Libyan coastguard accused of abandoning migrant toddler and woman found dead in Mediterranean

Author: Aritz Parra

The Libyan coastguard has been accused of abandoning three people in the Mediterranean, including a woman and a toddler who were found dead.

Proactiva Open Arms (POA), a Spanish rescue group, said it came across the drifting remains of a destroyed migrant boat about 80 nautical miles from the Libyan coast. One other woman clinging to the wreckage was still alive, it said.

The discovery followed the coastguard’s interception of some 160 Europe-bound migrants near the shores of the North African nation earlier this week.

POA posted images and videos of the wreckage and the dead bodies on social media, accusing both a merchant ship sailing in international waters and Libya’s coastguard of failing to help the three migrants.

Libyan coastguard spokesman Ayoub Gassim had earlier said that a boat carrying 158 passengers, including 34 women and nine children, had been stopped off the coast of the western town of Khoms.

He said the migrants were given humanitarian and medical aid and were taken to a refugee camp.

The UK’s Ministry of Defence (MoD) has conducted several rounds of training with Libya’s coastguard which has previously been accused of opening fire on migrants, stealing from and beating them, and accepting bribes to release them from custody.

This training has included human rights education and classes on navigation, maritime law and boat-handling. The Independent has contacted the MoD for comment.

Libya has emerged as a major transit point to Europe for people fleeing poverty and civil war in Africa and the Middle East.

Traffickers have exploited chaos in the country following the 2011 uprising that toppled and killed its ruler, Muammar Gaddafi. The UK and Nato took military action against the Gaddafi regime.

Italy‘s new populist government has vowed to halt the influx of migrants across the Mediterranean and has given aid to Libyan authorities to increase efforts to stem the flow.

Human rights activists have sharply criticised that assistance and claimed that migrants being returned to Libya are at risk of beatings, abuse, rape and slavery.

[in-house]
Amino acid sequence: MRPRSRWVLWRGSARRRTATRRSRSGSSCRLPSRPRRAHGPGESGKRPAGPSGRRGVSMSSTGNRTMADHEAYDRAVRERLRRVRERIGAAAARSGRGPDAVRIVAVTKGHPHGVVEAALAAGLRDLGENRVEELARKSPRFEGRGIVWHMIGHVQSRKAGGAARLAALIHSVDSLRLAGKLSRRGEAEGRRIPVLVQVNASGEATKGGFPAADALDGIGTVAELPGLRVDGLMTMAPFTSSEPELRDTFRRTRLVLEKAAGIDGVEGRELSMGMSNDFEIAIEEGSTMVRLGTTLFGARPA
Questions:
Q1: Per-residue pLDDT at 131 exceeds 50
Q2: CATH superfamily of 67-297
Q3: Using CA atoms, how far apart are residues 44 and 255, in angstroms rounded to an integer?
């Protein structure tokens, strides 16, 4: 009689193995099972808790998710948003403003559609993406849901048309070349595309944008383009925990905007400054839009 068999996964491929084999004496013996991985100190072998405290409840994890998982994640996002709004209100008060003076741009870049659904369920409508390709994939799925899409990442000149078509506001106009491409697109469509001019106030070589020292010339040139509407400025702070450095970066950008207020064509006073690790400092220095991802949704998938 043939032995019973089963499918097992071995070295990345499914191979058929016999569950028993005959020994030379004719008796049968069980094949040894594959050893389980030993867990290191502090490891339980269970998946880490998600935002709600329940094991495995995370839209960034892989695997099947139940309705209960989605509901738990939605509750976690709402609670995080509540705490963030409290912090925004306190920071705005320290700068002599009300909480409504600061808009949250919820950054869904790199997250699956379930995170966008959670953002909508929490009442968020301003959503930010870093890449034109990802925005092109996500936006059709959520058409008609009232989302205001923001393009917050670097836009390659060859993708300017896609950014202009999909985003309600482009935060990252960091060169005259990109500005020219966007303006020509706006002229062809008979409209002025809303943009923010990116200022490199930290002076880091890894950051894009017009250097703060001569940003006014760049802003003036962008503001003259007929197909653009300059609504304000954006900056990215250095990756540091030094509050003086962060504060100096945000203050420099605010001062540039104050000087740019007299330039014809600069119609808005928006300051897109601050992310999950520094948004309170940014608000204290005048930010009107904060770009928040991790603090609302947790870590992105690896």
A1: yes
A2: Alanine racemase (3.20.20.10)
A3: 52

Oscar Camps, the head of POA, blamed the Italian government’s cooperation with Libyan authorities for the death of the woman and the toddler that his group found.

“This is the direct consequence of contracting armed militias to make the rest of Europe believe that Libya is a state, a government and a safe country,” Mr Camps said in a video posted on Twitter.

Mr Camps said the two women and the toddler had refused to board the Libyan vessels with the rest of the intercepted migrants and the three were abandoned in the sea after the Libyan coast guard destroyed the migrants’ boat.

Their deaths were the result of not allowing aid groups like Proactiva to work in the Mediterranean, he said.

Both Italy and Malta have blocked aid groups from operating rescue boats, either by refusing them entry to their ports or by impounding their vessels and putting their crews under investigation.

The UN migration agency, meanwhile, said the number of migrants and refugees who have arrived in Spain by sea this year has overtaken those who have reached Italy.

The International Organisation for Migration(IOM) said that Spain received 18,016 migrants up to 15 July, while 17,827 people landed in Italy during the same period.

Aid groups have reported a rise in the number of crossings to Spain and Greece compared to the previous year, while arrivals in Italy are down almost 80 per cent from 2017.

The overall number of migrants and refugees entering Europe by sea this year totals 50,872, less than half the 109,746 who came in by mid-July last year. In 2016 during the same period, 241,859 migrants came to Europe.

IOM also said 1,443 people are dead or missing in the dangerous Mediterranean Sea route up to July 15 this year.

Source: https://www.independent.co.uk/news/world/africa/migrants-toddler-abandoned-dead-mediterranean-libya-coastguard-poa-africa-europe-a8451951.html